I am always excited when the New England Historic Genealogical Society has a major new publication. Puritan Pedigrees: The Deep Roots of the Great Migration to New England by Robert Charles Anderson, FASG, is definitely in that category.
This book is literally just off the press and arrived in my mailbox two days ago. (Disclaimer: I had pre-ordered the book in December – this is not a complimentary copy, nor have I received any perks or compensation for this review.)
The book’s format is straightforward with the objective stated in the opening paragraph:
The purpose of this volume is to expand on two long-standing and prominent strands in the historiography of the Great Migration to New England, combining both the clerical and lay perspectives, with emphasis on the latter.
The two strands mentioned are (1) the religious motivation for the migration from England to New England and (2) the network of genealogical and intellectual connections that existed among those early immigrants in England.
In other words, this is the backstory of the social and religious influences that caused the beginning of the Great Migration.
There are 12 chapters in the book, interspersed with Interludes that add side details pertaining to the chapters they follow:
Chapter One – Thomas Mildmay and John Winthrop
Interlude: The Culverwell Family
Chapter Two: Thomas Cranmer and Walter Norton
Chapter Three: Alexander Nowell and Increase Nowell
Interlude: The Weald of Kent
Chapter Four: Henry Hastings and Richard Mather
Chapter Five: Edmund Grindal and John Wilson
Chapter Six: Richard Rogers and John Rogers
Chapter Seven: Robert Browne and Thomas Oliver
Chapter Eight: Thomas Stoughton and James Cudworth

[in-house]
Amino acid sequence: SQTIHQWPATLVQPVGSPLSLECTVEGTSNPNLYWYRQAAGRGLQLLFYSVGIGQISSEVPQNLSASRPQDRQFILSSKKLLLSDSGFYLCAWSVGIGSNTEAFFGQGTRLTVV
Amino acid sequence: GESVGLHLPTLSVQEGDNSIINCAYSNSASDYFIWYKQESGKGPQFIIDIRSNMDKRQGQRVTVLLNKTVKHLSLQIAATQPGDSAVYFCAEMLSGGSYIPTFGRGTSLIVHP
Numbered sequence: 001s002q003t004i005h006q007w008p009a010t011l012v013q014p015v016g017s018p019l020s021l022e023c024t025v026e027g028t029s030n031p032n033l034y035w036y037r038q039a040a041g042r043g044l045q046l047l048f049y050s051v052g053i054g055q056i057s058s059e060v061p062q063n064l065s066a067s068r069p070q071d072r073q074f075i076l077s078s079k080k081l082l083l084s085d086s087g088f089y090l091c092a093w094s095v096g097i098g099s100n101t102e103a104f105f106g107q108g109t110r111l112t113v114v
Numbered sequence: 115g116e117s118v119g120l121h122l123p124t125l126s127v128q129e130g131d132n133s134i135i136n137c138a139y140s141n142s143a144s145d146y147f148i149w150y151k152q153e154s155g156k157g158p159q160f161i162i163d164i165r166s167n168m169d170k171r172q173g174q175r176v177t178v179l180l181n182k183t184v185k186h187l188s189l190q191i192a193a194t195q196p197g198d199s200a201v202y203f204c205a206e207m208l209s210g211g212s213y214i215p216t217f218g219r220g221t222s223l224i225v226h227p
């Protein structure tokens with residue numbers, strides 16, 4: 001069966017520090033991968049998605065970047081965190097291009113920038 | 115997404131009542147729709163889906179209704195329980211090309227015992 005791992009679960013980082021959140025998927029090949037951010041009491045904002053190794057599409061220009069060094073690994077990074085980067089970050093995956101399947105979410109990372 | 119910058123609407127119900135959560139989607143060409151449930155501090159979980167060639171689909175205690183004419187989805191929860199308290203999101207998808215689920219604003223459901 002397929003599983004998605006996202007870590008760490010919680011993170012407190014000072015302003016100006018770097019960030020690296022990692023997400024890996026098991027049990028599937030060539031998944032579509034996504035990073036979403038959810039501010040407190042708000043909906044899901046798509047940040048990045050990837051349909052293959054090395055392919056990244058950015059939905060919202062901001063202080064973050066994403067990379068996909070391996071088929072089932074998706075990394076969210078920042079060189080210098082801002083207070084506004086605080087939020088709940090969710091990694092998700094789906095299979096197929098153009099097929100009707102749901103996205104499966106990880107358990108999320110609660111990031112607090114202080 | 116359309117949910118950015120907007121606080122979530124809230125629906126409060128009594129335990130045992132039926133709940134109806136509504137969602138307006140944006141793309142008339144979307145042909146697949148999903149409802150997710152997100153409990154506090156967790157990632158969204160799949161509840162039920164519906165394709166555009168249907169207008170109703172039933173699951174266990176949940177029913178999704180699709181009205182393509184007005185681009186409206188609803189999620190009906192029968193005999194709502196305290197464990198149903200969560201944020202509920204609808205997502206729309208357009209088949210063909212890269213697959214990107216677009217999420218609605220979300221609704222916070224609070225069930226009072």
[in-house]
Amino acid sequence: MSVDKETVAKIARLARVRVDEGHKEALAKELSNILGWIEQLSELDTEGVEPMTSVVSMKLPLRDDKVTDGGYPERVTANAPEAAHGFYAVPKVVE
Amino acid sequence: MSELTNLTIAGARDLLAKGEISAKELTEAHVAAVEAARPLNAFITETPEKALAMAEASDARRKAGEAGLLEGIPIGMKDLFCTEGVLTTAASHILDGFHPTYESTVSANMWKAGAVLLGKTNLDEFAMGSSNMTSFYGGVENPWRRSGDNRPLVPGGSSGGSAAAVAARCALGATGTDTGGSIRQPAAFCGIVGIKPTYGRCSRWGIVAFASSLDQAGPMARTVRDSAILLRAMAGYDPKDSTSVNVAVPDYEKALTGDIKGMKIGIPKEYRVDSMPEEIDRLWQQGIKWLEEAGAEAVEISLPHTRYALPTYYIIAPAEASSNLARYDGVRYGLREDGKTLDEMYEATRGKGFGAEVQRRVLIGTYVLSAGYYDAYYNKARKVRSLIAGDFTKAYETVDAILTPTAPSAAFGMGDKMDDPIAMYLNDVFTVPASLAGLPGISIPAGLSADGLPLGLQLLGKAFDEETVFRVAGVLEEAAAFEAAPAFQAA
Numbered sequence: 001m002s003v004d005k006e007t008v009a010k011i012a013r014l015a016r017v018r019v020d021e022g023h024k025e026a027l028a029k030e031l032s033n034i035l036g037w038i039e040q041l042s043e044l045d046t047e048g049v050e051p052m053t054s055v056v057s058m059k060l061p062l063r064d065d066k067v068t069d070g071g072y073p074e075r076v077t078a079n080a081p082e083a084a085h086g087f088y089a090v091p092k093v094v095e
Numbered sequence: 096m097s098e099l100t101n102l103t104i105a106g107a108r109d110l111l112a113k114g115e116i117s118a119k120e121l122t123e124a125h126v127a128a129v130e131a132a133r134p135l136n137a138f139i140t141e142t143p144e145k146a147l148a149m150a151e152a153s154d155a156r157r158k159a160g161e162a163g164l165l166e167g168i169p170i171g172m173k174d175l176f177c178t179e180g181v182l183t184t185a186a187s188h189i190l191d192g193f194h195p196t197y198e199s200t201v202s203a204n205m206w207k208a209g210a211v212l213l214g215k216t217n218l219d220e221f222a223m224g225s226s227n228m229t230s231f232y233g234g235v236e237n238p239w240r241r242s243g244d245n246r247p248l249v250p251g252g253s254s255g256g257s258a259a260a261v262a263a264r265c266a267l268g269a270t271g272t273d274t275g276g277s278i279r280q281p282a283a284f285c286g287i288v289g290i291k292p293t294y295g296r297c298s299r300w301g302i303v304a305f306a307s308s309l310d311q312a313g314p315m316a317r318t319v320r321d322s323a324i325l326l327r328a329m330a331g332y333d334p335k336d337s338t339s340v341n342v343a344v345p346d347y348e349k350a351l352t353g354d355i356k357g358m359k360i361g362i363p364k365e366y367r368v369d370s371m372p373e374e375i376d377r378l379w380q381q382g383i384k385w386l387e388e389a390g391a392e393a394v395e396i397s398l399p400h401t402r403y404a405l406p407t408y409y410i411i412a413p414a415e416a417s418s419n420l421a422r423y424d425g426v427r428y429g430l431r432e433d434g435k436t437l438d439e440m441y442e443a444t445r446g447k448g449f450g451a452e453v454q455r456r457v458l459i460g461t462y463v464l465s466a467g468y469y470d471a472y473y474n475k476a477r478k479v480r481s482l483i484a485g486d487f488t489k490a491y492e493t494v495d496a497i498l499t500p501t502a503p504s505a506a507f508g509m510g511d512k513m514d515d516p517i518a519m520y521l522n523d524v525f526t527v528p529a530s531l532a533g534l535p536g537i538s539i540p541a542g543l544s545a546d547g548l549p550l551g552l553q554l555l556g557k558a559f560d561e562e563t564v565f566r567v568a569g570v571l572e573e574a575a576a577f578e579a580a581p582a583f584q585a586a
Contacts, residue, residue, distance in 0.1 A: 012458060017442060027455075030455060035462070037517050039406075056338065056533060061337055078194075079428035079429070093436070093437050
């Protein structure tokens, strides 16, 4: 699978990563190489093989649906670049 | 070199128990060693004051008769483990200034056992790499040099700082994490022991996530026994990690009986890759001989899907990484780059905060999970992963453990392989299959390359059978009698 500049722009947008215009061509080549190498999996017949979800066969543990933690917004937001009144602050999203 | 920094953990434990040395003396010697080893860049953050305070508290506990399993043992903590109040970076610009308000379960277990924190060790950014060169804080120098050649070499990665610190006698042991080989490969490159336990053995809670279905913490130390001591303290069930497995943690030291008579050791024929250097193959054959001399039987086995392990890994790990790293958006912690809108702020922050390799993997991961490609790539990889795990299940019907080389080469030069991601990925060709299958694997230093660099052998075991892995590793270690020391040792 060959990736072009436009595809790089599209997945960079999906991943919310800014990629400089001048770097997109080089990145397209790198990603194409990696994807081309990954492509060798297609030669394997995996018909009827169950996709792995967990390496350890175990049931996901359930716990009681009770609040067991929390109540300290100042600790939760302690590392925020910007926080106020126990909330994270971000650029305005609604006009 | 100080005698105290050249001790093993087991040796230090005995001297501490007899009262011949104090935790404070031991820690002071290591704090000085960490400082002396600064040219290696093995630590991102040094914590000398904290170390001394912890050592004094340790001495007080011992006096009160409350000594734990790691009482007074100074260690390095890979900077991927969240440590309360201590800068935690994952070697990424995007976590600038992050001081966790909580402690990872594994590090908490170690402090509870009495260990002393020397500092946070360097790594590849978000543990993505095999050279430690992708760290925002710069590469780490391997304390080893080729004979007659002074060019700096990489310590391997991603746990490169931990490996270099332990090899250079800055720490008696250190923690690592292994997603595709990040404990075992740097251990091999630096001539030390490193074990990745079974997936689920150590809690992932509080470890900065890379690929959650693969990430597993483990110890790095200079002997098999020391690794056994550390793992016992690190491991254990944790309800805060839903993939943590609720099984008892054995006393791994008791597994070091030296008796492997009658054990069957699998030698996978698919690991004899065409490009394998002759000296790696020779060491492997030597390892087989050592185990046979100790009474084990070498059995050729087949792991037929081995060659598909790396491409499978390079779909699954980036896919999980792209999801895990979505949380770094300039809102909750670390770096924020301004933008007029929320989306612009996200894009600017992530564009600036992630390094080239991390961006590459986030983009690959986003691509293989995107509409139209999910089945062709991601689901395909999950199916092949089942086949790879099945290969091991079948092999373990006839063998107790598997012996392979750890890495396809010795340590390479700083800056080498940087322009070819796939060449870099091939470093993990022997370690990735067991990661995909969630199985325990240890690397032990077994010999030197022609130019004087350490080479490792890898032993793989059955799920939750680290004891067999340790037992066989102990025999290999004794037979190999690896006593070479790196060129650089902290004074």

Interlude: The Classis Movement Connection
Chapter Nine: Arthur Hildersham and Walter Desborough
Chapter Ten: Robert Parker and Stephen Bachiler
Chapter Eleven: John White and John Warham
Chapter Twelve: Herbert Pelham and Isaac Johnson
First, do NOT make the mistake of scanning the list of names in the chapters and decide to pass over this book because none of your ancestors are listed.
By doing so, you will miss the whole point of the book, which is to understand HOW the Great Migration came to be.
Social influence, education and kinship in England were all important factors that contributed to the birth of Puritanism. The genealogical pedigrees of the men highlighted in these chapters are deftly woven into a complex set of relationships and stories, beginning in the 1500s and extended into the early part of the 17th century, which saw the first ships leaving old England for New England.
Puritan Pedigrees: The Deep Roots of the Great Migration to New England is a scholarly work, heavily foot-noted and annotated with charts and illustrations. If you are lucky enough to have ancestors mentioned in this book, that is a bonus, but shouldn’t be the impetus for reading it.
I highly recommend this book to all who are interested in the religious influences, barriers and persecutions that led to the Great Migration and the founding of New England.
It isn’t an inexpensive book, but it definitely should be on the reference shelves of anyone researching 17th century New England.
An aside, if you have read Albion’s Seed: Four British Folkways in America by David Hackett Fischer, the first section, East Anglia to Massachusetts, is a great companion piece to accompany this book.
Puritan Pedigrees: The Deep Roots of the Great Migration to New England by Robert Charles Anderson, FASG is available on American Ancestors for $64.95.
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